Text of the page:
On August 30th, 2022, the Conseil d’Etat (French Council of State) released a report, commissioned by former Prime Minister Jean Castex on June 24th, 2021, proposing a landscape of AI technology deployed in the public sector, which examines the technical, operational, ethical and legal aspects of this issue.
In this report the Conseil d’Etat addresses how AI systems are defined. One of its main objectives is to expose, and dispose of, the myth of ‘singularity’ i.e. what the Conseil d’Etat sees as a sci-fi view of AI according to which “the intelligent machine surpasses and dominates humans”. Interestingly, the Conseil d’Etat claims that “[t]he risk is not that the machine will take over, but that the human will lose control by abdicating responsibility. This is why trusted public AI must be based on the principle of human primacy”.
From a more technical perspective, the Conseil d’Etat insists that the definition of AI systems should be harmonised at both the European and national levels. In particular, the Conseil d’Etat argues, in terms of this specific topic, that “[i]n order not to introduce terminological confusion into an already complex semantic universe, it is important that national law and internal reflection take up the main concepts and associated definitions as they will result from European Union law”. As regards the issue of the definition of an AI system, the Conseil d’Etat has identified three criteria: the nature of the system (which is a software), how it is designed (neural networks for instance) and its function (e.g. to generate certain outputs based on a given input).
The Conseil d’Etat then details the various purposes that AI systems fulfil in the public sector. It has identified five different categories of systems:
- Automation of repetitive tasks, such as the pseudonymisation of Court rulings
- Automation of the interaction between the user and the public sector customer facing agent: these systems include for instance the chatbots deployed by health care services.
- Systems that support public decision-making: such systems cover systems such as those used by fire departments to predict manpower needs, depending on the nature and number of incidents forecast.
- Monitoring systems: these are used, for instance, to prevent public order incidents, by means of biometric identification systems.
- Robotics when applied to the public sector: such a category is related to the deployment of autonomous vehicles by public services, among other systems.
The report also addresses the legal aspects of those AI systems that are deployed in the public sector. Accordingly, the Conseil d’Etat focuses on the need for public services to comply with the draft AI Act. In particular, the report highlights the dangers of deploying such high-risk systems, emphasising the need to adopt robust legislation that provides for the automated analysis of images taken in public places. Such ‘smart video devices’ have already been the subject of a report by the CNIL.
Secondly, the Conseil d’Etat recommends considering a proper legal framework on web scraping, which consists of analysing people’s publicly available online data. Such techniques have been used, for instance, to detect tax fraud, in accordance with law n°2019-1479.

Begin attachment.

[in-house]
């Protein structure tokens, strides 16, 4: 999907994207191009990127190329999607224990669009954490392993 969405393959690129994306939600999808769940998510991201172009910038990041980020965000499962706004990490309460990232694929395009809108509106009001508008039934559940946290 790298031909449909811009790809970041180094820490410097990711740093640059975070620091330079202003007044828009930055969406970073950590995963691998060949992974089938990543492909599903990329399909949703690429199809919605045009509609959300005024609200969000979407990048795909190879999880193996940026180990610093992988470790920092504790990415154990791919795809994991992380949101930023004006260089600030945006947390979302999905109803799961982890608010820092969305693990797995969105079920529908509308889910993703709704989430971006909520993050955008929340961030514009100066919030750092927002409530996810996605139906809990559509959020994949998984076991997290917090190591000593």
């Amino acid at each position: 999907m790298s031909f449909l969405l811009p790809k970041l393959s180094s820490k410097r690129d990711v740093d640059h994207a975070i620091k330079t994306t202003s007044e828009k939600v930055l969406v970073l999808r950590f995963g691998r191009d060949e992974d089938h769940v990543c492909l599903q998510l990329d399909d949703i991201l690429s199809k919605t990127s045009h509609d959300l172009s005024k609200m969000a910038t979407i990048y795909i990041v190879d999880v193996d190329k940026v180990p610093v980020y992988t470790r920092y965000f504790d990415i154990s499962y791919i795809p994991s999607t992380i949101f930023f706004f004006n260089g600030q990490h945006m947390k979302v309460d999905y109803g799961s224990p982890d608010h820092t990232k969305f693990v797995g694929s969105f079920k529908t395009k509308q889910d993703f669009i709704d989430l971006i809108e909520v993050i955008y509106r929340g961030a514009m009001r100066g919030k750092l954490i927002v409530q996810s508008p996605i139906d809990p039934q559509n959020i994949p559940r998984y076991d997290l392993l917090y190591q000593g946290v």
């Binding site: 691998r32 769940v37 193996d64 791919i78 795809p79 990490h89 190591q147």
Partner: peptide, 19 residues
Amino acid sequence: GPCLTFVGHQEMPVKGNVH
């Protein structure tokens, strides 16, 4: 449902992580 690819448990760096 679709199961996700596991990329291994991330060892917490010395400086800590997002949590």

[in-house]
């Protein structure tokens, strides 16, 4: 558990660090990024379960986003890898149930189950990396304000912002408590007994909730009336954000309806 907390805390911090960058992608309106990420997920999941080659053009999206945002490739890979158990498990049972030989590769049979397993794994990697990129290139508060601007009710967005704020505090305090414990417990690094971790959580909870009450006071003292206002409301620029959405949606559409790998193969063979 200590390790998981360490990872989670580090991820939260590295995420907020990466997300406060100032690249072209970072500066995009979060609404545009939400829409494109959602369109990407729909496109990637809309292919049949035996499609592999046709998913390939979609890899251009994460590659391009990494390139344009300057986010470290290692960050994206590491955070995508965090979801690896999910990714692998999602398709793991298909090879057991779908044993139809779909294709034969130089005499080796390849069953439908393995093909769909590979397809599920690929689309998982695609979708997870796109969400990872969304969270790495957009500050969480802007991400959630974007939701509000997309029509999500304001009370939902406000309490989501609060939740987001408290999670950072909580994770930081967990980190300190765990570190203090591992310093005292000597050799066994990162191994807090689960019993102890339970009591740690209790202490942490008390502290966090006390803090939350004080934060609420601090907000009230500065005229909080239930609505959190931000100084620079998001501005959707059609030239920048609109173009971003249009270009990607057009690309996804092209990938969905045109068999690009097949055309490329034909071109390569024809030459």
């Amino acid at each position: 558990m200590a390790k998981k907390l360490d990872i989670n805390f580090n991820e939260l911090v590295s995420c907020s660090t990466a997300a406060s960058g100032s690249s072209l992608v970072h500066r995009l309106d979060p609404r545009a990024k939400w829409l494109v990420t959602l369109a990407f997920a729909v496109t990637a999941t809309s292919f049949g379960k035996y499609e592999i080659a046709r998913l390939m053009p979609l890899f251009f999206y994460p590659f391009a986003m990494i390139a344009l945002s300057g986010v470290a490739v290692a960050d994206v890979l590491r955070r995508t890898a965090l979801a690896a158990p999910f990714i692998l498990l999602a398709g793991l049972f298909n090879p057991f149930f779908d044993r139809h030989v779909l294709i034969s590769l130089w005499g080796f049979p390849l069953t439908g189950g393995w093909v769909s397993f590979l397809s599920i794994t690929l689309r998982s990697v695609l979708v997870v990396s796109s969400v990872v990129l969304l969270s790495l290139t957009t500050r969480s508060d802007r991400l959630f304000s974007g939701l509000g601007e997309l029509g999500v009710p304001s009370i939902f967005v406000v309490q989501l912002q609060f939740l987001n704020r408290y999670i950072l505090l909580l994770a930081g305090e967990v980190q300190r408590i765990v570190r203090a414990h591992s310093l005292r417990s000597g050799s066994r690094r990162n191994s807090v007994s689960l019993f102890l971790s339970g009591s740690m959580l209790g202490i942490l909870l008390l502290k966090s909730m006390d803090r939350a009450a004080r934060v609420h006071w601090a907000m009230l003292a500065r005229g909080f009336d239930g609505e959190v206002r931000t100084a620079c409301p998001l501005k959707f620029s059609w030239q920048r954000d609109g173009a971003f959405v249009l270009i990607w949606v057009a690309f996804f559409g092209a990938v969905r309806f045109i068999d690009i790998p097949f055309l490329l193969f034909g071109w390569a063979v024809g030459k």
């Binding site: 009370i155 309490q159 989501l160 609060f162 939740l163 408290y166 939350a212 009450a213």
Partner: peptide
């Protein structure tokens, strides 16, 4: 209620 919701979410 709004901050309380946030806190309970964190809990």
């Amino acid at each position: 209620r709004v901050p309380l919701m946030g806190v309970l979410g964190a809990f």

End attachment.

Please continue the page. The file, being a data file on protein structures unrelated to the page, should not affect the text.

According to the Conseil d’Etat, it is essential to adopt guidelines for the public sector in order to anticipate the entry into force of the AI Act. The main purpose of such an initiative would be to prepare the public sector for the enforcement of the AI Act.
Turning to a different topic, the Conseil d’Etat emphasises the need to create judicial procedures which will enable those who are victims of a wrongful decision made by the administration due to an AI system to resolve their issue. The Conseil d’Etat claims that the administration can be held liable for its decisions before an administrative Court if such decisions can be proven to have caused harm to citizens. From a criminal perspective, both the system’s designers and its user can be held responsible if the deployment of an AI system by a public organisation results in the commission of an offence or a crime. On the other hand, the Conseil d’Etat refutes that an AI system can ever be held liable, due to the fact that an error made by software is always attributable to a person.
The Conseil d’Etat also puts forward seven principles that it says will ensure trustworthiness in public sector AI. These principles are as follows:
- Human primacy: this principle promotes human-centric AI systems, and calls for human oversight mechanisms.
- Performance: the main goal of this principle is to ensure a minimum level of performance, to enable the deployment of an AI system in the public sphere.
- Equity and non-discrimination: the goal of this principle is to avoid discrimination and algorithmic biases.
- Transparency: individuals must be informed about what is to take place and must have access to information about the systems’ specification.
- Cybersecurity: the main aim of this principle is to ensure that an appropriate level of security is applied in order to avoid data breaches, and other threats.
- Environmental sustainability: this criterion should be taken into account when drawing up the AI strategy for the public sector.
- Strategic autonomy: according to this principle, France should develop its own resources on the field of AI.
This comprehensive report produced by the Conseil d’Etat represents a very positive contribution to the debate about how public services should implement and use AI-driven systems and how the risks posed by such deployments should be mitigated.